Perhaps, our existence being a little more Spartan, we will be able to concentrate more keenly on the pitfalls in our path. With our heads up, and our backs less hunched over, we can be more observant of road signs. And there are road signs. “Thou fool, this night thy soul shall be required of thee.” “Sell all that thou hast and give to the poor.” “Seek ye first the kingdom of God.” “Where your treasure is, there will your heart be also.” “For unto whomsoever much is given, of him shall be much required.” The days are evil; our way, booby-trapped. All our powers of observation and detection are necessary.

Abraham was given the whole land of Canaan by God for his inheritance, yet he owned not one parcel of ground personally. When his wife Sarah died, he was forced to buy the cave of Machpelah from the sons of Heth to bury her. Nor would he receive this land as a gift from their unbelieving hands. Why? Hebrews 11 states: For he looked for a city which hath foundations, whose builder and maker is God.

Ostentatious living has brought down civilization after civilization. By the very nature of a self-indulgent life-style, man becomes at ease with himself, his soul, his destiny. He is vulnerable to the excesses which topple men and empires. What did Jesus mean when He said, “It is easier for a camel to go through the eye of a needle than for a rich man to enter heaven”? We must take seriously Christ’s admonition that “A man’s life consisteth not in the abundance of the things which he possesseth…. Thou fool, this night thy soul shall be required of thee: then whose shall those things be…? So is he that layeth up treasure for himself, and is not rich toward God.”

Each of us knows the individual trappings of his life. Gross materialism comes in all shapes and sizes. Vulgar living is not limited to an over-sized, over-furnished house. But a house is, undoubtedly, one of the priciest indicators of the ostentatious life-style. And it is often the benchmark of other, attendant forms of high-living. Now, to go with the house, we must buy into its life-style. Weeks of vacation away from its confines (?), and television to fill the hours we do spend there. Not satisfied any longer with “a chicken in every pot” a recreational vehicle in every slot becomes the standard. It almost seems axiomatic: the bigger the house and the more commodious its facilities, the less time spent in it with family and faith-friend.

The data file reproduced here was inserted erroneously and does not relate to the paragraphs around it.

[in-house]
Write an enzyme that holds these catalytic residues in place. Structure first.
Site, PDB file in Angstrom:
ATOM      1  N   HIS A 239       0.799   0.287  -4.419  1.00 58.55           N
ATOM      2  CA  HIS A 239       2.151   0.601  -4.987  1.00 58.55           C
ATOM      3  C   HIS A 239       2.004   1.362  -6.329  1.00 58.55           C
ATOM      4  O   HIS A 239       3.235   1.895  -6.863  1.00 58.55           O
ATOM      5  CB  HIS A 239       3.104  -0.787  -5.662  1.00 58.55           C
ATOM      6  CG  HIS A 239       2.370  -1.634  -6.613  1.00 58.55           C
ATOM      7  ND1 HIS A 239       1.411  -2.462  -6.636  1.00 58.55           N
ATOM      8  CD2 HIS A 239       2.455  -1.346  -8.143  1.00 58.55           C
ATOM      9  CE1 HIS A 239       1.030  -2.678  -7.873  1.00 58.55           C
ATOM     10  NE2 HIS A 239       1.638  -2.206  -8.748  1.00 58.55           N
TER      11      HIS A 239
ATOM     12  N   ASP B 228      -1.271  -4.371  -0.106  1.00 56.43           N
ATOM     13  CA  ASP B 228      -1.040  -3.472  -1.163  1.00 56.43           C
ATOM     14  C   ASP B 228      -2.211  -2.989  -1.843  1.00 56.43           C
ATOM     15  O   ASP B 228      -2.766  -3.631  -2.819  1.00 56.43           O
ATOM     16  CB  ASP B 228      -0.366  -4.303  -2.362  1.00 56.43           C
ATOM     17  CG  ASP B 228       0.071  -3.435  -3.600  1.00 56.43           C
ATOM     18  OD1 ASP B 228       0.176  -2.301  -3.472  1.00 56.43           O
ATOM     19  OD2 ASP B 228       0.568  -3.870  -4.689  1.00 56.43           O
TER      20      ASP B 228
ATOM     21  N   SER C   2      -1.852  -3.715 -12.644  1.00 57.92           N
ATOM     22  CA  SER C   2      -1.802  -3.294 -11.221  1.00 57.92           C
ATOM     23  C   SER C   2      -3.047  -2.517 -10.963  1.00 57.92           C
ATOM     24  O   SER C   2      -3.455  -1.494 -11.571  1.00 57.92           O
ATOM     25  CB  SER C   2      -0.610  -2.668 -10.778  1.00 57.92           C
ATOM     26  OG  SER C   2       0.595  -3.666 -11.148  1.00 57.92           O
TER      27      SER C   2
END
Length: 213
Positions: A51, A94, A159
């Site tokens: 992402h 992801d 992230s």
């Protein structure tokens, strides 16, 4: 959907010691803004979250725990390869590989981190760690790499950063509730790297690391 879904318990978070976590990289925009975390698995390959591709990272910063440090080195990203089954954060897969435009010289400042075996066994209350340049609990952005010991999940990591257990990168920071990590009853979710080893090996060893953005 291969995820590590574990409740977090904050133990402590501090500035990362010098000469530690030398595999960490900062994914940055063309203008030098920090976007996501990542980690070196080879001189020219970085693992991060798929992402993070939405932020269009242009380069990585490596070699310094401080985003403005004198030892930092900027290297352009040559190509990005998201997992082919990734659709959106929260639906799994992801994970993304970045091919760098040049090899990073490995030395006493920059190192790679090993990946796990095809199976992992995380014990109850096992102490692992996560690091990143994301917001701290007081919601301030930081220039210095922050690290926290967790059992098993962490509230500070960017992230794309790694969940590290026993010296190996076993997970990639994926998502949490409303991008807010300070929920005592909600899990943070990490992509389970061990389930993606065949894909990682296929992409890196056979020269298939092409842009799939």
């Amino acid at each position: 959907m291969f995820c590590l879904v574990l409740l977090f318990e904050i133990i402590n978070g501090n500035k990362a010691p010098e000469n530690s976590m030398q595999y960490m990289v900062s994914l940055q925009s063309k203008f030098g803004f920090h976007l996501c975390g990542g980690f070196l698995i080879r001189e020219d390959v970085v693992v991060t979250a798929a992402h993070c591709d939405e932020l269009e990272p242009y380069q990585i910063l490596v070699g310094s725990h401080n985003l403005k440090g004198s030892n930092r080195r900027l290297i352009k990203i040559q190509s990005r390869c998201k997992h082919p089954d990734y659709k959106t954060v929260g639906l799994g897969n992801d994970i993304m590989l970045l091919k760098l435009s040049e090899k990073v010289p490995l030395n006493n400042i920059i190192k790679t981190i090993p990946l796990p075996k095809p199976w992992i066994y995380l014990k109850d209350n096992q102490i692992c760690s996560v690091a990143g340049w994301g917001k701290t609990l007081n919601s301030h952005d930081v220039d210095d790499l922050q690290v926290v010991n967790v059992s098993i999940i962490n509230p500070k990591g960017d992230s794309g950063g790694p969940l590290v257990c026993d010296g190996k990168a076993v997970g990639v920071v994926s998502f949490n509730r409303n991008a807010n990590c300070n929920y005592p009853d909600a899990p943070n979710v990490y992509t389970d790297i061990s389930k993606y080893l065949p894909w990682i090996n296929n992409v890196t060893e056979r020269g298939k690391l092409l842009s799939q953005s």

Does anyone, anywhere, live in the same house in which he lived when he married? The house in which he raised his family? The house which whispers with nostalgia? The house whose creaks and sighs are rich with the secrets and activities of years gone by? Are we a people who can’t cope with the little quirks and big inconveniences which one frequently has to work around in such a house, but which very things make the house more than an edifice — a house with character?

As a teenager, I shared a bedroom with three sisters, and, because we had the biggest bedroom, it also held the baby’s crib. We studied all together at the kitchen table; a desk in one’s own room was unheard of — besides, it was too cold in the bedrooms. Sure, we argued; and the person who talked too much was warned to “button it,” but we also helped each other through the sticky math problems and that elusive vocabulary word. There was a sense of family. We inadvertently enjoyed the “sense of community” which is currently such a popular zip phrase. You could have fooled us! Today, parents seem to think that children need their own bathroom, their own bedroom, their own desk, their own bike, their own baseball mitt. An over-sized house, rooms too big, possessions which encourage individualism and selfishness, and we wonder why raw cupidity and envy control our society?

What would it be like to disencumber oneself from the weight which holds one down in the running of our spiritual marathon? Sit loose from this world. How does the apostle Paul put it? “Giving no offense in anything … but in all things approving ourselves as the ministers of God … as having nothing, and yet possessing all things.”

And oh, ’tis true, ’tis true: a house is not a home.